Published: 15:02, 11 June 2021
| Updated: 15:36, 15 June 2021
The tragic death of a six year-old boy who drowned in a river has prompted a life jacket loaning scheme to be launched to prevent further deaths.
Lucas Dobson from Deal died after falling into the River Stour at Sandwich on Saturday, August 17, 2019.
He had been playing on the river bank with family friends when he fell into the water between a jetty and a moored boat.
Almost immediately he vanished from sight, pulled along by what his father later described as a “surprisingly strong current”.
A desperate search was mounted involving police, specialist divers and thousands of volunteers from the wider community.
Vigils were held in towns across the coast but sadly Lucas was found dead four days later on Wednesday, August 21.
He had drowned in what a coroner ruled was a tragic accident.
His death led to an outpouring of grief.
Desperate to do something positive following Lucas’ death, his father Nathan Dobson pledged to raise awareness of water safety and the importance of wearing life jackets near water.
He was true to his word and on October 17, 2019, The Lucas River Safety Campaign was launched with the aim of creating a "library ticket" scheme in schools for children to borrow a life jacket when visiting areas of open water.
The crowdfunding page has raised almost £10,000.
Behind the scenes Mr Dobson was working with Peter Faulding, chief executive of Specialist Group International.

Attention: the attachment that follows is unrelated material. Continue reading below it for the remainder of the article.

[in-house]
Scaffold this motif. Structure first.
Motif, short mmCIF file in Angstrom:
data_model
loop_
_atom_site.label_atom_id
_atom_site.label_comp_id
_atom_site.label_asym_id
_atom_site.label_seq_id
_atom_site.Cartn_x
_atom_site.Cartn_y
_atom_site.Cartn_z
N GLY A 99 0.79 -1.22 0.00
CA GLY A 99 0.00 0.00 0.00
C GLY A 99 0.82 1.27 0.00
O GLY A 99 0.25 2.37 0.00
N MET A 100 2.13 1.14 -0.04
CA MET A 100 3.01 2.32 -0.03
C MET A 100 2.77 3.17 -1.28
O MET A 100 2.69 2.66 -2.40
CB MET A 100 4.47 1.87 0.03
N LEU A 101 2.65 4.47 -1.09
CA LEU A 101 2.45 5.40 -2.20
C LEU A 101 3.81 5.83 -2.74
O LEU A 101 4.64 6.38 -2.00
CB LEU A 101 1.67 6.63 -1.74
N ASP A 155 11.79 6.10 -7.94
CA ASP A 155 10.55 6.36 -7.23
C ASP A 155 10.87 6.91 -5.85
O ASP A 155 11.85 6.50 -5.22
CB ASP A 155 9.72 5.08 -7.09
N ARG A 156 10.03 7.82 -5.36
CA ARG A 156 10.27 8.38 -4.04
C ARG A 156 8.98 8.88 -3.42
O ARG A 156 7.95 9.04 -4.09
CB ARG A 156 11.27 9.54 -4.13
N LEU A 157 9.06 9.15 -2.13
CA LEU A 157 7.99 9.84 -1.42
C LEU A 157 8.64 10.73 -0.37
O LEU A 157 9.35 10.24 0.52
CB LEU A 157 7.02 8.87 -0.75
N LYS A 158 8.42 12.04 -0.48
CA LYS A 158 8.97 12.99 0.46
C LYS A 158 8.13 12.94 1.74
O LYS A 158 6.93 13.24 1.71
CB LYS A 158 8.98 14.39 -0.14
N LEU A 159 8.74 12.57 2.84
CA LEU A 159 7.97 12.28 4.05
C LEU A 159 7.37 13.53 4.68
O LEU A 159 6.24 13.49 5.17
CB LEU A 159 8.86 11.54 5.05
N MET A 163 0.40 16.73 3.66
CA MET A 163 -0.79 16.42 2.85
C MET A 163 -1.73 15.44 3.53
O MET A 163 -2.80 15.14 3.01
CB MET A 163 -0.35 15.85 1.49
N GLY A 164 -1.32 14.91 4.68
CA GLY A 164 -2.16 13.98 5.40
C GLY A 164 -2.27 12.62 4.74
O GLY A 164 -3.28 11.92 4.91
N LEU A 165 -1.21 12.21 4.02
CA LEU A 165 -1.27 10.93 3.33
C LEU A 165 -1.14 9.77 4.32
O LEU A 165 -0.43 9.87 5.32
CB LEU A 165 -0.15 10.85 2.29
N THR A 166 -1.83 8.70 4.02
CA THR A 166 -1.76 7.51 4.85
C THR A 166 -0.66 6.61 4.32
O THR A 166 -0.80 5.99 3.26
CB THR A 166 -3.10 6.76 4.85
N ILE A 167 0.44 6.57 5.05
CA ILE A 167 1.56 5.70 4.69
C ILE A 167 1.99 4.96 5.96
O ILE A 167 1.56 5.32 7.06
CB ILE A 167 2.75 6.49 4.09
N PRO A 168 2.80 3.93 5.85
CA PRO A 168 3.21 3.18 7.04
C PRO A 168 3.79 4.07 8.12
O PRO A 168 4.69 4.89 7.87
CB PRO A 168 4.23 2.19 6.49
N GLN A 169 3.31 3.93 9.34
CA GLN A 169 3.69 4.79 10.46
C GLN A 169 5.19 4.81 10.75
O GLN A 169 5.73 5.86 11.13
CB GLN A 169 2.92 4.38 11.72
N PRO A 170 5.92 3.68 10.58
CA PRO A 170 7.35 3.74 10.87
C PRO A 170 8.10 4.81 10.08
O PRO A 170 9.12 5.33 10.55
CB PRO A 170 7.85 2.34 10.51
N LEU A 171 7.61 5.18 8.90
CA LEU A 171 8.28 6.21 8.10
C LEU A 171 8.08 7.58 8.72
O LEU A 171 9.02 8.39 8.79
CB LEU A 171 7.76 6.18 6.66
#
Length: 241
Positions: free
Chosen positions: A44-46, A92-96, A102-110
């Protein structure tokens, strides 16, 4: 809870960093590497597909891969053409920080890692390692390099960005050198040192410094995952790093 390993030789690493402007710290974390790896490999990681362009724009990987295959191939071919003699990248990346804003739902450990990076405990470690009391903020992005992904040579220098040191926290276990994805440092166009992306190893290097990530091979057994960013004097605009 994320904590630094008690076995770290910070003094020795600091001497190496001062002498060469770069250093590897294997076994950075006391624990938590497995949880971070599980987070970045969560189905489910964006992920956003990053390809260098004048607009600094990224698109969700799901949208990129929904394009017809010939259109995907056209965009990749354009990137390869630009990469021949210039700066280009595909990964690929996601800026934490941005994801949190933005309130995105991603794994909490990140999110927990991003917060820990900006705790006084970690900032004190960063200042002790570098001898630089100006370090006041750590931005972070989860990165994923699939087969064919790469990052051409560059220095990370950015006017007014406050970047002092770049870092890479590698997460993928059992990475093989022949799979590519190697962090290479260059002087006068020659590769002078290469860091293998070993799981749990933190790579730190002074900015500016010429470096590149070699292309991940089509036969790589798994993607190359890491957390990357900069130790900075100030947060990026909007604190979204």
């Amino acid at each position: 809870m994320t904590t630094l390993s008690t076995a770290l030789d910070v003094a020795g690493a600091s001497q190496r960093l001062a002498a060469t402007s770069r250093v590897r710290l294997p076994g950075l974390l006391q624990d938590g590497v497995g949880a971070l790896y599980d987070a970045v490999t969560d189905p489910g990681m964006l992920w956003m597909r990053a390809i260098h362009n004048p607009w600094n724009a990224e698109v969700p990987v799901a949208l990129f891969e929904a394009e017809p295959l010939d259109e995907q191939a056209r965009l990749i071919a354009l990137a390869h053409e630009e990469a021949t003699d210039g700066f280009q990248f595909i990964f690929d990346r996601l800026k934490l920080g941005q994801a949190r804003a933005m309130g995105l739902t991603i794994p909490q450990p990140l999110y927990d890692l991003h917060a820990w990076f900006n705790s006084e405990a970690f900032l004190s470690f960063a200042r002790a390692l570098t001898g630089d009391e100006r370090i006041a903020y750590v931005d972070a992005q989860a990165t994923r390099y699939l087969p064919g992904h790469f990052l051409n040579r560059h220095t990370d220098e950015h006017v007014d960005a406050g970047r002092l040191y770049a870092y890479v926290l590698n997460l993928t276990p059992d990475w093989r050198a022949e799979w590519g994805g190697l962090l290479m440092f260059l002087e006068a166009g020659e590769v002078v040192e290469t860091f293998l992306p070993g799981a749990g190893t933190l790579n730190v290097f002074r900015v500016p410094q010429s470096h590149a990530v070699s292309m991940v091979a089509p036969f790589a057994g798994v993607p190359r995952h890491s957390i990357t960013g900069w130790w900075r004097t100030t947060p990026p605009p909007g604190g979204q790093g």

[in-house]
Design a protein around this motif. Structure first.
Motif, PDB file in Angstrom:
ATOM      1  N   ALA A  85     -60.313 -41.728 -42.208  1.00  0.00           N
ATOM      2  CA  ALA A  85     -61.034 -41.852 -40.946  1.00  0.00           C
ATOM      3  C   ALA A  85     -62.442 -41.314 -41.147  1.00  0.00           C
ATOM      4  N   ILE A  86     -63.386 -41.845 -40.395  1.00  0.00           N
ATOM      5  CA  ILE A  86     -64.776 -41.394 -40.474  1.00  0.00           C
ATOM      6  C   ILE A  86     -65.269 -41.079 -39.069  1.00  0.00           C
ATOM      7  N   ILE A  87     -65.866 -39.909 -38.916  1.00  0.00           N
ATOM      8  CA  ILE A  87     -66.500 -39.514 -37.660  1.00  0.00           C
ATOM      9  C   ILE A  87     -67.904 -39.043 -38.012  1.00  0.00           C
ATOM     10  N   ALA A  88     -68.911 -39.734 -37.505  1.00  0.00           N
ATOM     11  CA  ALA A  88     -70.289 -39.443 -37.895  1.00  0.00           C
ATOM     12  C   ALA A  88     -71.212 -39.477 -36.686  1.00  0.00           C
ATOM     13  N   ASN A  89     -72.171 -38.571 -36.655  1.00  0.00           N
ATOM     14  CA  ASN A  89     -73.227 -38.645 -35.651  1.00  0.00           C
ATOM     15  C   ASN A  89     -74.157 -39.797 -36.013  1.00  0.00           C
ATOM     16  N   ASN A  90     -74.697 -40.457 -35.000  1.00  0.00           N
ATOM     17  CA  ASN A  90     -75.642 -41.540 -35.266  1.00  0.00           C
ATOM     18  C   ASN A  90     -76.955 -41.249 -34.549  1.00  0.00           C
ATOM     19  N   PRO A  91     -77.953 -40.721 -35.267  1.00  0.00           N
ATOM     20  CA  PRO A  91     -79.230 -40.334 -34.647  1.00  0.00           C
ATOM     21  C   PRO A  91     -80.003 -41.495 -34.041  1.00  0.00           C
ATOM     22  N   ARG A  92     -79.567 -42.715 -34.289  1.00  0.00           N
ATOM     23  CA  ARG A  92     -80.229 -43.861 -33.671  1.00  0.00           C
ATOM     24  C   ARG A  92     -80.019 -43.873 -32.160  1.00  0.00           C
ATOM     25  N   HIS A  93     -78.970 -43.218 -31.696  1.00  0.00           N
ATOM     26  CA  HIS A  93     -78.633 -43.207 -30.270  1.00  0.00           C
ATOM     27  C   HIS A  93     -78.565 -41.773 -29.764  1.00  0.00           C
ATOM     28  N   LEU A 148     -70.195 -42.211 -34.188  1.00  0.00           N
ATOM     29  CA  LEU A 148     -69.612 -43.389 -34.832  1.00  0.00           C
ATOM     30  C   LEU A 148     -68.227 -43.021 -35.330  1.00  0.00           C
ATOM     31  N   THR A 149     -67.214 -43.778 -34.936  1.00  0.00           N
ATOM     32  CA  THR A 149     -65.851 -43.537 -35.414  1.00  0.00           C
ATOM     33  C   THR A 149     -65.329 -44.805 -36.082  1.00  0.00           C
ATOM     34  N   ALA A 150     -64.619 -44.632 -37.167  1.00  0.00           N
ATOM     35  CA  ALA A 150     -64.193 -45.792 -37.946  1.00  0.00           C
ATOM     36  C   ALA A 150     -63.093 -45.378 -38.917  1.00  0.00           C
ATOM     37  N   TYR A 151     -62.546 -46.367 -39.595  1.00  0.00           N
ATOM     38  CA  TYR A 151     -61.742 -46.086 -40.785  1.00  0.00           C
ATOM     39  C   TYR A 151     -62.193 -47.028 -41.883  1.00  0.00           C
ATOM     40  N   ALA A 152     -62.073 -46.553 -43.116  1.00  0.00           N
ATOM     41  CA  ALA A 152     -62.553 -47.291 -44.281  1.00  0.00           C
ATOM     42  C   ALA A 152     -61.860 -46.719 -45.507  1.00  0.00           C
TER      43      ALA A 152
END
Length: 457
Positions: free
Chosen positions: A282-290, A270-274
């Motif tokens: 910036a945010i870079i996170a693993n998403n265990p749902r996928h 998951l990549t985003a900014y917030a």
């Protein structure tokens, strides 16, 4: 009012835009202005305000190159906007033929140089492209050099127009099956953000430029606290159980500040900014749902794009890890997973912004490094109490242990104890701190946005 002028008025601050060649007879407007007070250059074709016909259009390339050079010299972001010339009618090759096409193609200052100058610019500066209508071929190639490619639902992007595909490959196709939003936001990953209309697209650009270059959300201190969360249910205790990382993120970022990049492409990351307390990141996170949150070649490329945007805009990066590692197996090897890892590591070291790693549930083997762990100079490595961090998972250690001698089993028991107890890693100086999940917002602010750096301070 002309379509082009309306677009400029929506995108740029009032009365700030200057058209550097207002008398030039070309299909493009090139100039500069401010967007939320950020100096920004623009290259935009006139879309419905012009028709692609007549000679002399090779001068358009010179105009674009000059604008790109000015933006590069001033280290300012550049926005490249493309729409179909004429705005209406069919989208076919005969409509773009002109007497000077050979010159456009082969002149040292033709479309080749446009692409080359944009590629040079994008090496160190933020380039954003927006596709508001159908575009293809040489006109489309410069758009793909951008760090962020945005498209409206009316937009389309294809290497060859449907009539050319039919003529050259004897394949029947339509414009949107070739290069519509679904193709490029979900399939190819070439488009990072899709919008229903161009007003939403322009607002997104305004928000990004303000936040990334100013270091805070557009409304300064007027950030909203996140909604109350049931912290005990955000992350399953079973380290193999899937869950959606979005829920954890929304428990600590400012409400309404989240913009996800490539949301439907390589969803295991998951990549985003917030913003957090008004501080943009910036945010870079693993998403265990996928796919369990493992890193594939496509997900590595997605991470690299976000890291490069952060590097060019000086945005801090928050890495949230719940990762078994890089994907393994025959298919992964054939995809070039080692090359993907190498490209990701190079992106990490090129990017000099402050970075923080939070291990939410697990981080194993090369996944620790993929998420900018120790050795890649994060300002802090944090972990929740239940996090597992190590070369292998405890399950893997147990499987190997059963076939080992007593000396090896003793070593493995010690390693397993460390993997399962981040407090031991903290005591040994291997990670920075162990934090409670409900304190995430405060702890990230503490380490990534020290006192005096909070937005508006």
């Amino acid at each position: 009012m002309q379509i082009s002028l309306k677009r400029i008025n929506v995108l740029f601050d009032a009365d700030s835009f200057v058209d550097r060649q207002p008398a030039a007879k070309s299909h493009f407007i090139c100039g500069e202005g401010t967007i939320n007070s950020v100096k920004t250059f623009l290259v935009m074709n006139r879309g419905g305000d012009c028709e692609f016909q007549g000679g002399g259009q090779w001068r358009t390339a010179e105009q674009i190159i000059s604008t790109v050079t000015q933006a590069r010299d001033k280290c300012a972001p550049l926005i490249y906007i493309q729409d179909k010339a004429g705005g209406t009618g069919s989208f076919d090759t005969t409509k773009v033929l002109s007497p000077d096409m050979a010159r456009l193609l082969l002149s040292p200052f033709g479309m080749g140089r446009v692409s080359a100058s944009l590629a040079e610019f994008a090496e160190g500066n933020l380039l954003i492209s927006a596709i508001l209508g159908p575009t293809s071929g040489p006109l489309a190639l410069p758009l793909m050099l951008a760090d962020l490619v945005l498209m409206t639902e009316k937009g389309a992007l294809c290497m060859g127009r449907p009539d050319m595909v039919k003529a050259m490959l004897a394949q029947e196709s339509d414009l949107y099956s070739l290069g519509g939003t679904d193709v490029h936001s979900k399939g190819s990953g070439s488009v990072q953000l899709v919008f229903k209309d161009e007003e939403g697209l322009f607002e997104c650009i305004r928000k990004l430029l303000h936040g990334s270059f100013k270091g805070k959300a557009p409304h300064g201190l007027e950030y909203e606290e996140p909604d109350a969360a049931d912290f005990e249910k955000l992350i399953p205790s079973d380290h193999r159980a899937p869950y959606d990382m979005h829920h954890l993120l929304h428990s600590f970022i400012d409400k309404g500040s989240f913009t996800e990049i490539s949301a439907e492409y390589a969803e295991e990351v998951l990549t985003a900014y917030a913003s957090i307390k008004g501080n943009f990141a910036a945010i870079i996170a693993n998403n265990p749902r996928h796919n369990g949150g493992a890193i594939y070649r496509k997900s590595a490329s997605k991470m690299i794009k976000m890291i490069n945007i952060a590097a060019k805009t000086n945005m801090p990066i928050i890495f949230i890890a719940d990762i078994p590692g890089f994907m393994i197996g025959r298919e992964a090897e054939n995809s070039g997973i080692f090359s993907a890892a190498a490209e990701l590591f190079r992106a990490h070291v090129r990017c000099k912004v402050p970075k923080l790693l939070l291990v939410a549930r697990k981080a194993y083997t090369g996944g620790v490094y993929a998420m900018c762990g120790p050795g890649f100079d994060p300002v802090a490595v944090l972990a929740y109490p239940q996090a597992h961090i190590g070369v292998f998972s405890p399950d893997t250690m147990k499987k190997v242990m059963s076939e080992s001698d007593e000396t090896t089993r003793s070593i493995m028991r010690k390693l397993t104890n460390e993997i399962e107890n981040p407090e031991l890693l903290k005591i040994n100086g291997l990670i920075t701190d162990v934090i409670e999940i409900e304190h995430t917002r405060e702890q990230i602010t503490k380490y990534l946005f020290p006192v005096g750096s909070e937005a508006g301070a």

This was the forensics company brought in by Kent Police to scour the river for Lucas during the desperate days of searching.
It was SGI's team of six divers that found his body close to where he had gone missing.
Ahead of the official launch at Lucas’s school on Friday, June 18, Mr Faulding told KentOnline: “I have been wanting to do something similar to this for some time.
“I have always felt we need water awareness - it’s not on the school curriculum and I think it should be...”
“We deal with about 10 drownings of children a year.
“Lucas was the youngest we had dealt with so it was the hardest.
“I have always felt we need water awareness - it’s not on the school curriculum and I think it should be.
“After having discussions with Nathan we decided to try and get a life jacket campaign.
“Nathan and his friends raised money and I put some money to it as well.
“We contacted Baltic [a Swedish company that supplies life jackets]. They gave them to us at cost. Then we got them printed.”
The jackets, in red - Lucas’s favourite colour - and orange bear the Lucas Dobson Water Safety Campaign logo which includes a picture of the Warden House pupil.
Each school that receives a batch will be given eight life jackets.
Parents can request to loan them from their children’s schools on a library-like loan and return basis.
Mr Faulding added: “My intention is to get them to all schools and put them in with an awareness video which we are in talks about getting produced.”
He says the hidden dangers of the sea, rivers and lakes is not on the school curriculum but education is vital. Not just for children but for parents.
The second school to benefit from the life jacket library is Davenport School in Foxborough Hill, Eastry. The school offers a differentiated curriculum for children with Social, Emotional and Mental Health needs.
The charity has spent £13,000 on the life jackets collected from Mr Dobson's crowdfunder, a £2,500 donation from Mr Faulding and money raised from a talk about the crime and body search forensics his company performs which he gave at the Astor Theatre last year.
In a separate campaign Lucas' mum Kirsty Furze has made steps to launch Lucas' Law to make it compulsory for children to wear lifejackets on boats.
She also wants life-saving buoyancy rings near rivers, lakes and seas.